German share price index DAX graph is pictured at the stock exchange in Frankfurt
The German share price index DAX graph is pictured at the stock exchange in Frankfurt, Germany, June 2, 2022.

European shares fell on Tuesday as investors worried about the squeeze to economic growth from aggressive monetary policy tightening by central banks in a bid to tame rising inflation.

The pan-European STOXX 600 index fell 0.5%, giving back half of Monday's gains, with tech shares leading declines.

Australia's central bank raised interest rates by the most in 22 years and flagged more tightening to battle rising prices. This comes as investors await a European Central Bank (ECB) meeting and U.S. inflation data this week.

The ECB has signalled rate hikes starting next month, and investors wait to see if record high inflation in May would lead to a change in stance at Thursday's meeting.

"The bar for a hawkish surprise on Thursday (from the ECB) is set quite high," strategists at ING said.

"The only really interesting question is why it doesn't start hiking rates immediately instead of waiting until July."

On Friday, data is expected to show a rise in May U.S. consumer prices, leading to some speculation that the Federal Reserve may need to carry on hikes beyond July.

Underlining slowing economic growth, data showed German industrial orders fell more than expected in April, the third decline in a row, driven by weakened demand and heightened uncertainty due to the Russian-Ukraine conflict.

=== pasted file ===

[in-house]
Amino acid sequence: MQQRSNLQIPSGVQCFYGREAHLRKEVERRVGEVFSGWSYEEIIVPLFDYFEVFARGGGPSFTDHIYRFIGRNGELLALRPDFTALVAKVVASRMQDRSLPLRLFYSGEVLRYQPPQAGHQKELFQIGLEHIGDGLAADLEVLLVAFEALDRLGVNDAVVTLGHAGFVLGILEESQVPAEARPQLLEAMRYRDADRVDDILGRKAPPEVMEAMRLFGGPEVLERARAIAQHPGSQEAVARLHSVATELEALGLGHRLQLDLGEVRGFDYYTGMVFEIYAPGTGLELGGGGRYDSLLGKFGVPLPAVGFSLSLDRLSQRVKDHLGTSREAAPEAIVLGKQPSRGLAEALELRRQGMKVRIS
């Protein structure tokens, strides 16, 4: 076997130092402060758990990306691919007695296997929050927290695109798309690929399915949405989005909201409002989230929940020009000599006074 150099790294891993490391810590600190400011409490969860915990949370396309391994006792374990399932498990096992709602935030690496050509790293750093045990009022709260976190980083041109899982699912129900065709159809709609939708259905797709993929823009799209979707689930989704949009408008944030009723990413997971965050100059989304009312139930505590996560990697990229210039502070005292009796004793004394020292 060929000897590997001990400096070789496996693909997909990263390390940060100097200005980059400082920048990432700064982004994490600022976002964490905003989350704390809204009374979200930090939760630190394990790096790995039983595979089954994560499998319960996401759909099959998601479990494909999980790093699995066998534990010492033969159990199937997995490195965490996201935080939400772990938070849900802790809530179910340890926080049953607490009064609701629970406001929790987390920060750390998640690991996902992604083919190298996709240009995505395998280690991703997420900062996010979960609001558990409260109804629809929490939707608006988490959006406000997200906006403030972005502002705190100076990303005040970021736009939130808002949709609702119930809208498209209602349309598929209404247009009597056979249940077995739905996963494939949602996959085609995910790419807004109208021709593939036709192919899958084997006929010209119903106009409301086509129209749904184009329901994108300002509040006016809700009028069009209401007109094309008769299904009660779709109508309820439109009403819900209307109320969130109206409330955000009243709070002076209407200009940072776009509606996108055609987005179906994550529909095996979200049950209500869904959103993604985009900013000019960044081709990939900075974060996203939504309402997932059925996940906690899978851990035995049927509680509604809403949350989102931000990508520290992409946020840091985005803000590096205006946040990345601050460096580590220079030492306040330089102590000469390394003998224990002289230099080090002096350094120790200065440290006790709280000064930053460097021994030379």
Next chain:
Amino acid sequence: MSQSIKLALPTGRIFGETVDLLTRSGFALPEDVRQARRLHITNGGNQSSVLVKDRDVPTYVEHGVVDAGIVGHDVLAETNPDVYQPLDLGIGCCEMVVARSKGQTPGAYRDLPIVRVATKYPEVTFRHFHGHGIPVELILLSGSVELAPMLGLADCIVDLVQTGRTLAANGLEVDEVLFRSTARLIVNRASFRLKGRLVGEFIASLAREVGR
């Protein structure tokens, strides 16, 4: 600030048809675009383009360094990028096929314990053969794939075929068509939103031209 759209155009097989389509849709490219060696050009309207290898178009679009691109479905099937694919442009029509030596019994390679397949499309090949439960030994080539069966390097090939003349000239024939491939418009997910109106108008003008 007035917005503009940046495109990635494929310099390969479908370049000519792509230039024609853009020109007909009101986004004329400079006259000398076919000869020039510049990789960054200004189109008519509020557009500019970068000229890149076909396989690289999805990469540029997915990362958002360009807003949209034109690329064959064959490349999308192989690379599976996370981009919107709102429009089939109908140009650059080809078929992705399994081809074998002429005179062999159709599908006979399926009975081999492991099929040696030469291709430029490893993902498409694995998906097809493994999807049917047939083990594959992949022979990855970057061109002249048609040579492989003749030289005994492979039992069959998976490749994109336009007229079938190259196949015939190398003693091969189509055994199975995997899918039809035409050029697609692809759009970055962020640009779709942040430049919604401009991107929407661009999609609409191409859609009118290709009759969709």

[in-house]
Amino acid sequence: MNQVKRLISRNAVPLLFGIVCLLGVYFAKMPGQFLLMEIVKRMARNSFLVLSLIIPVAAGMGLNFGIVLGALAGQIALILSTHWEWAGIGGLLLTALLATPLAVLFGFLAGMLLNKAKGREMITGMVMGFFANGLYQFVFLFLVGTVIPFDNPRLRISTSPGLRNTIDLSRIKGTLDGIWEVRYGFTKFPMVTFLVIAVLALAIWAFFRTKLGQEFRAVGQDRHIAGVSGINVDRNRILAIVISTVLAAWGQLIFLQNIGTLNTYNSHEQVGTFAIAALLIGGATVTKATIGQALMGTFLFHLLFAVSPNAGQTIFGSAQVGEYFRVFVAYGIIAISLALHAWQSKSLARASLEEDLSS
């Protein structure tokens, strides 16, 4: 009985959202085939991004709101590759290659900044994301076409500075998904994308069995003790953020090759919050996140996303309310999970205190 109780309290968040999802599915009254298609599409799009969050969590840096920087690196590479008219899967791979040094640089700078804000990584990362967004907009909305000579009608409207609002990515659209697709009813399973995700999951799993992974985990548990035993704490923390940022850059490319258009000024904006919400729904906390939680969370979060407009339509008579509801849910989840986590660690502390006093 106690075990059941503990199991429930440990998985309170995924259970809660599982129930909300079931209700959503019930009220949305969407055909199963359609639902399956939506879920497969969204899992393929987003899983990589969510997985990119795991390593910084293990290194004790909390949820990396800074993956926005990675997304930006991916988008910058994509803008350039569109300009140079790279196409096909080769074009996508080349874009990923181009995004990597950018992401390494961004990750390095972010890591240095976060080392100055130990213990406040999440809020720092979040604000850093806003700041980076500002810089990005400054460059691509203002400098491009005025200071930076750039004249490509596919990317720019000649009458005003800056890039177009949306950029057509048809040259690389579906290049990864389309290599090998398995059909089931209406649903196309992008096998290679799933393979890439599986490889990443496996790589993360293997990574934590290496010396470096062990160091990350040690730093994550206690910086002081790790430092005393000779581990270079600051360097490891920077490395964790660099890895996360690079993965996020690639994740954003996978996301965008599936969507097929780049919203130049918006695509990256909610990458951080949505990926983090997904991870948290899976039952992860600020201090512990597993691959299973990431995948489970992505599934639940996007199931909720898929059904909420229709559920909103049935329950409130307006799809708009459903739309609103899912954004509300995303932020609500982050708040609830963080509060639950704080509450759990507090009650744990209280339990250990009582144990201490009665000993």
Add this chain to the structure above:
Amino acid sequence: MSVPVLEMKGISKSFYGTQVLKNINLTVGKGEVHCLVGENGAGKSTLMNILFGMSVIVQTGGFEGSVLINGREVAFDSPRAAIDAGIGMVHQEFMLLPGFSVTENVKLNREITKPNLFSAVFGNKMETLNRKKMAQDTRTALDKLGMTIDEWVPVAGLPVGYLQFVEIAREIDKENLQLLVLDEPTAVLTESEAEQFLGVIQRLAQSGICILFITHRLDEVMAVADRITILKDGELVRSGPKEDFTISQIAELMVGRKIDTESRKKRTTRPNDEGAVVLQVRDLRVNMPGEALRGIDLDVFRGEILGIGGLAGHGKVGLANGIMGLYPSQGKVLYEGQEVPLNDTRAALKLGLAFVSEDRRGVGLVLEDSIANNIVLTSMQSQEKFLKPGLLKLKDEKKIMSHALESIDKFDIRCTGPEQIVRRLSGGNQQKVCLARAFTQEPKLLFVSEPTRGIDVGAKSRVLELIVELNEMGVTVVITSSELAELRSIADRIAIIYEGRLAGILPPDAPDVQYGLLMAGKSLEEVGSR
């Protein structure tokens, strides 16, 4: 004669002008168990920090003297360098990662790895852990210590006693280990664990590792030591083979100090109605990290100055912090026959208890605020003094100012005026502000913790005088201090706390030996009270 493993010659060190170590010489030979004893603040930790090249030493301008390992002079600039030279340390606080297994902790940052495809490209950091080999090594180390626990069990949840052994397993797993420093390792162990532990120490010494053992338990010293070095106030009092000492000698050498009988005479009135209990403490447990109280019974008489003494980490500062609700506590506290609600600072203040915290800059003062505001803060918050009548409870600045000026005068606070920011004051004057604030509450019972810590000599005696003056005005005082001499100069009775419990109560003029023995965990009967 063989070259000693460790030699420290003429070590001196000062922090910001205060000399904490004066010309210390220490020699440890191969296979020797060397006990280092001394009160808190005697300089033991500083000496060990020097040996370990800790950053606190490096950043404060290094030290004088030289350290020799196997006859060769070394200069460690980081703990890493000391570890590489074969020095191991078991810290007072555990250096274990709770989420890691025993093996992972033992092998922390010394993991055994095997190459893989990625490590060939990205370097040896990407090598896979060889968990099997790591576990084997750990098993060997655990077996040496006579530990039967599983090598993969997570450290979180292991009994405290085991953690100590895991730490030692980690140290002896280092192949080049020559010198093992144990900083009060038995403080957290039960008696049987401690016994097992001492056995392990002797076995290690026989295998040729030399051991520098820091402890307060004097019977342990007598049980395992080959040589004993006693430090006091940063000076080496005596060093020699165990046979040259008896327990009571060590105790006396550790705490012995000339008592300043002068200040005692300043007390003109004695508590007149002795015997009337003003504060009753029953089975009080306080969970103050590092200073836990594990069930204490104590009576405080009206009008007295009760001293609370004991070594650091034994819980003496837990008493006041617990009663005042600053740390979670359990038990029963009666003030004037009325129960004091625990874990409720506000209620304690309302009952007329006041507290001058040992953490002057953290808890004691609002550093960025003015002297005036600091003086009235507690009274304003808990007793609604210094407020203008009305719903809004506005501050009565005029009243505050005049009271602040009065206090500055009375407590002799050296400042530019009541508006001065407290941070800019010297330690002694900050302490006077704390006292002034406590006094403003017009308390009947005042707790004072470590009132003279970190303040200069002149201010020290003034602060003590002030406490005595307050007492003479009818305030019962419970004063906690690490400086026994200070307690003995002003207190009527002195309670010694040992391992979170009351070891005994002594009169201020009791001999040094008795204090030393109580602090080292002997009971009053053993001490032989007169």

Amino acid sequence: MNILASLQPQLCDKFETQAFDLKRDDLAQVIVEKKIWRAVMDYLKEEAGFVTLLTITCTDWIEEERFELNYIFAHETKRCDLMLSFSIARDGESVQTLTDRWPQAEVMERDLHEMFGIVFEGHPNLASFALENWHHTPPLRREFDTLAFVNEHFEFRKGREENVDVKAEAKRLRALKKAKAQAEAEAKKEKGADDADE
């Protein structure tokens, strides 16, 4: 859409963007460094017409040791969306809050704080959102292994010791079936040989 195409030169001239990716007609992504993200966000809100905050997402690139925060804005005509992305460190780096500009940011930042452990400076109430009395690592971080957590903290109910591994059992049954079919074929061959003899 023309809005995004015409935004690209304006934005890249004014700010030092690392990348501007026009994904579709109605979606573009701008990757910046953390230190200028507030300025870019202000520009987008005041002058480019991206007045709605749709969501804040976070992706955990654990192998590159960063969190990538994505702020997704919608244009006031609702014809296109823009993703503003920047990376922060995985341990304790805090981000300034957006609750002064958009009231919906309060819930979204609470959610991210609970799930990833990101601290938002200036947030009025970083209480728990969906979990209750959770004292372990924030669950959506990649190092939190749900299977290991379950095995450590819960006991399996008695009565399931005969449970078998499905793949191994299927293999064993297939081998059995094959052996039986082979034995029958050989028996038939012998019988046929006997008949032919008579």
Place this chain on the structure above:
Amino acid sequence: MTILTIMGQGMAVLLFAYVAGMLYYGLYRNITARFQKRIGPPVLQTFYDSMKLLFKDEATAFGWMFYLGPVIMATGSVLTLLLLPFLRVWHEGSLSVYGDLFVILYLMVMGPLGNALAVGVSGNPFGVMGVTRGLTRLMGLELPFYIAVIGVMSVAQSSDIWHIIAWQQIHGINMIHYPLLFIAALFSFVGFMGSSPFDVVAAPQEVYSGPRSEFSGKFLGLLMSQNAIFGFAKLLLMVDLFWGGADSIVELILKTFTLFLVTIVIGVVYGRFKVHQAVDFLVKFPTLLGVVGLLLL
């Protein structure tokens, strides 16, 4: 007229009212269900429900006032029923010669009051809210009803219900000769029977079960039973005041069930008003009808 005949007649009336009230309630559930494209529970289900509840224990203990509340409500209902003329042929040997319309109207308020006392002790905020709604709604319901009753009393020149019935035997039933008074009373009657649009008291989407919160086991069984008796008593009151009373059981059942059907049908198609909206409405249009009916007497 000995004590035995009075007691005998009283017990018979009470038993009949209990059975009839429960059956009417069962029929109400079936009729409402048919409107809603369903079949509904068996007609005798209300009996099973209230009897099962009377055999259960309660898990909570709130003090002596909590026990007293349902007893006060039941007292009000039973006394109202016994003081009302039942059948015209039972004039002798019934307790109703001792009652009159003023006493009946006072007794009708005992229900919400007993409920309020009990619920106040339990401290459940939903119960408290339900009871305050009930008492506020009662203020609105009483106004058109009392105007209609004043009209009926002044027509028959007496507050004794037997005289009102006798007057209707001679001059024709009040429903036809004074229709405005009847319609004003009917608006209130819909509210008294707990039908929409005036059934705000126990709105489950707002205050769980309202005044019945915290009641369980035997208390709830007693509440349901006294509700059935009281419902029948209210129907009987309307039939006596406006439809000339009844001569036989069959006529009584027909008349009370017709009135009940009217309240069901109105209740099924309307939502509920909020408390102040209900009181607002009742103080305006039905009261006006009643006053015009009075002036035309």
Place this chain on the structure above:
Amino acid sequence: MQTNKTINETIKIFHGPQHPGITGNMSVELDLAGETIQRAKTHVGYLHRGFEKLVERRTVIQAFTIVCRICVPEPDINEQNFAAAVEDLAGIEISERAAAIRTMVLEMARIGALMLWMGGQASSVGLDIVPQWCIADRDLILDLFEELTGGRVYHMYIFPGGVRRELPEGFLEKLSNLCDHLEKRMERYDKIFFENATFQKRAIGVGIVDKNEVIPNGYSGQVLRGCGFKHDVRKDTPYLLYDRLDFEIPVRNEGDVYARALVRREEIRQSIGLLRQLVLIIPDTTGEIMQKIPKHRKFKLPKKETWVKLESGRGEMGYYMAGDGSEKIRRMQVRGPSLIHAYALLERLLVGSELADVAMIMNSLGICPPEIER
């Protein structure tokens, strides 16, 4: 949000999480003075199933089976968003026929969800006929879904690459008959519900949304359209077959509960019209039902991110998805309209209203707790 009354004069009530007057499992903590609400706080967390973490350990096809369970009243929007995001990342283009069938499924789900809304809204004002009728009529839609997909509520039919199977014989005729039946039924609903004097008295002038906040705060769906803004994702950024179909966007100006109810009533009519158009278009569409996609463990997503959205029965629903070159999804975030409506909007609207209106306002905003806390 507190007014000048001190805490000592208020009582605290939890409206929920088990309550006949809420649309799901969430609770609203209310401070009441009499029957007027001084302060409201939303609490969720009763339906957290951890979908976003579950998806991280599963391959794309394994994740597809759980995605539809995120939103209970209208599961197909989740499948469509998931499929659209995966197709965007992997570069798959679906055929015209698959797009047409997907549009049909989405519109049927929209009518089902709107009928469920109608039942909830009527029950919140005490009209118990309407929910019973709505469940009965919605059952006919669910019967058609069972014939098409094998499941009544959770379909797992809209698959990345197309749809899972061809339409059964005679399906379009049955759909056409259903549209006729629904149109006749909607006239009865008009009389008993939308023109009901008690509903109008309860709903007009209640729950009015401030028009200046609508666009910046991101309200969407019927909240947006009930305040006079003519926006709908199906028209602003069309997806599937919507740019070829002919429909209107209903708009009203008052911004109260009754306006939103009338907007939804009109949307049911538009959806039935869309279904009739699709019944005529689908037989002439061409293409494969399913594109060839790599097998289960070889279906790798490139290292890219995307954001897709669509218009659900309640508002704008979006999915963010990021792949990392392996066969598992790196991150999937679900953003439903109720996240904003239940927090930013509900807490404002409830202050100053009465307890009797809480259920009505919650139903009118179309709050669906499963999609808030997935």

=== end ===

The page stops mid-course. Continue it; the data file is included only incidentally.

Rate-sensitive technology stocks dropped 1.1%, with French software maker Dassault Systemes shedding 2.5% after a brokerage downgraded the stock.

London's FTSE 100 fared better, trading flat as the pound weakened. [GBP/]

UK Prime Minister Boris Johnson seeks to shore up his position among senior ministers with a raft of new policies, after surviving a no-confidence vote on Monday.

"We think markets are overpricing the impact of recent political noise on the UK economy and we expect volatility... to decrease over the coming days," ING said.

Among individual stocks, Biffa jumped 28.4% after it received a possible buyout offer from affiliates of private equity firm Energy Capital Partners, valuing the British waste-management specialist at about 1.36 billion pounds ($1.69 billion).

British fashion chain Ted Baker plunged 21.2% after it said its preferred bidder backed out of making a takeover offer.

SAS slumped 9.5% after the Swedish government said it would not inject new capital into the loss-making airline and did not aim to be a long-term shareholder in the company.